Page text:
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Found 12 results

  1. Just went to Aldi's they have gluten free frozen food now!
  2. Having given up all cereals at the time of going gluten free I was tempted back to the 'dark side' by Nestle. Their 'Go Free' range are delicious, excellent corn flakes and very good rice crispies (sorry Kelloggs, 'Pops' then) if I feel like a nostalgic return to childhood. One thing I like about them is the box size, design etc is very much akin to the 'normal' products which now reside in the Supermarket area I like to call 'Mordor' - the forbidden lands I used to roam, but where evil lurks behind every pack or tin can... Instead of being from some niche form of supplier with niche labelling, niche packet size all of which scream 'NICHE' this is a pack very much like the Orcs eat Last time I went shopping I picked up my corn flakes without much thought and it was only later when I was looking in the cupboard that I spotted the fearsome Dark Lord of the Sith Wannabe 'Kylo Ren' glowering at me. It surprised me. Not because I was clearly a very bad Jedi knight, failing to sense the presence of a dark side user under my nose (although this is undoubtedly true) but because this was the first time I could recall a genuine bona fide movie promo appearing on a gluten free product.... Check it out for yourself: https://www.nestle-cereals.com/uk/en/starwars Now many will think this is not the most important thing I could've written about and you're correct, but I found myself very happy to see this and not just because it's Star Wars... It's because I thought of all those coeliac or gluten sensitive kids across the country who have to eat all their meals from niche packaging and never get to participate in one of those silly but fun childhood rituals of opening a pack, collecting codes or coupons, 'winning' a promotional plastic cup or toy robot. Now I know this is marketing, that the execs who came up with the promos don't give a toss etc. But for once this is some advertising that I actually like seeing. I like the thought of kids choosing whether they get a Kylo or Rey pack or even kicking off if some hapless parent gets the wrong one So well done fearsome Disney marketing team and the somewhat checkered multi-national conglomerate Nestle for including these 'niche' consumers in your latest drive to cover the world in Star Wars logos, Yay, even beyond the very aisles of Mordor itself. May the force be with you.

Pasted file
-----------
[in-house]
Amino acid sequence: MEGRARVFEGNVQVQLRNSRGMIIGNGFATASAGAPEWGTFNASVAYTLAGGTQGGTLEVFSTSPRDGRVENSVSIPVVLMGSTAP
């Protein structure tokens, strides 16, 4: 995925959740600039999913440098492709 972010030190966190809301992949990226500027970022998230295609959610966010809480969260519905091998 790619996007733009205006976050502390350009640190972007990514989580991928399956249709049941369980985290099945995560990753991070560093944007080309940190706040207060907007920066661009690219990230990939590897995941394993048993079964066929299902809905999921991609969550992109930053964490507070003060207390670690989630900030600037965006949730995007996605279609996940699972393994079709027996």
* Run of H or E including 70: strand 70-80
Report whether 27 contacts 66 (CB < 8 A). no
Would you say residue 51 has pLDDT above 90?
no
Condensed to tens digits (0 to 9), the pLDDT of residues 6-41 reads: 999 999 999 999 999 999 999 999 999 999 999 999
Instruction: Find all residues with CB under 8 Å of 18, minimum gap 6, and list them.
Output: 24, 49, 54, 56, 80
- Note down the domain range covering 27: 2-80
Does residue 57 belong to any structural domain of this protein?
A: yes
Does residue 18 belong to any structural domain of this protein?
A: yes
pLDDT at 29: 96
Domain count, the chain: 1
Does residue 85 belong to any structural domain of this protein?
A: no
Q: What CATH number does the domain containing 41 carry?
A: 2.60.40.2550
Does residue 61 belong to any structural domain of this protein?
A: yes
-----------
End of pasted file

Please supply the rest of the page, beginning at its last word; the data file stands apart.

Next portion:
3. I just discovered a whole new world in gluten free grocery shopping! Zeer.com (www.zeer.com) is an easy-to-use Web site that offers a service, called Zeer Select, to those on a gluten-free diet. Zeer Select is a database of over 30,000 mainstream products, each with its own gluten-free safety status. I’m talking about easy-to-find items that you can locate in a “regular” grocery store. I was able to simply search for the gluten-free status of a product by category, product name, or UPC code. If I searched for products which turned out not to be gluten-free it would recommend a similar product that was gluten-free. One of my favorite features of Zeer.com was how each product was assigned a gluten-free safety status and symbol. The safety levels are based on the ingredients as well as the manufacturers’ statements. Not only are the products assigned their own gluten-free safety status, but the questionable or “not safe” ingredients are highlighted with links that further explain why particular ingredients are not considered gluten-free. Each item also included detailed product information, including its ingredients and nutritional facts (and not just its gluten-free status). This is another great feature for those who are watching things like their sodium or carbohydrate intake, or those who might be looking for food items with extra fiber. On top of all this, Zeer.com includes the manufacturer contact information in case you have any questions or concerns and need to speak directly to the company about the product. They are also continuously updating their site by adding or updating around 500 new products each week, and I appreciated that they list the date on which each product was last updated¬, knowing this really built up my confidence in this web site. Whether you are new to a gluten-free diet or feel like your options are limited, I would highly recommend Zeer.com to help you prepare your next gluten-free shopping list!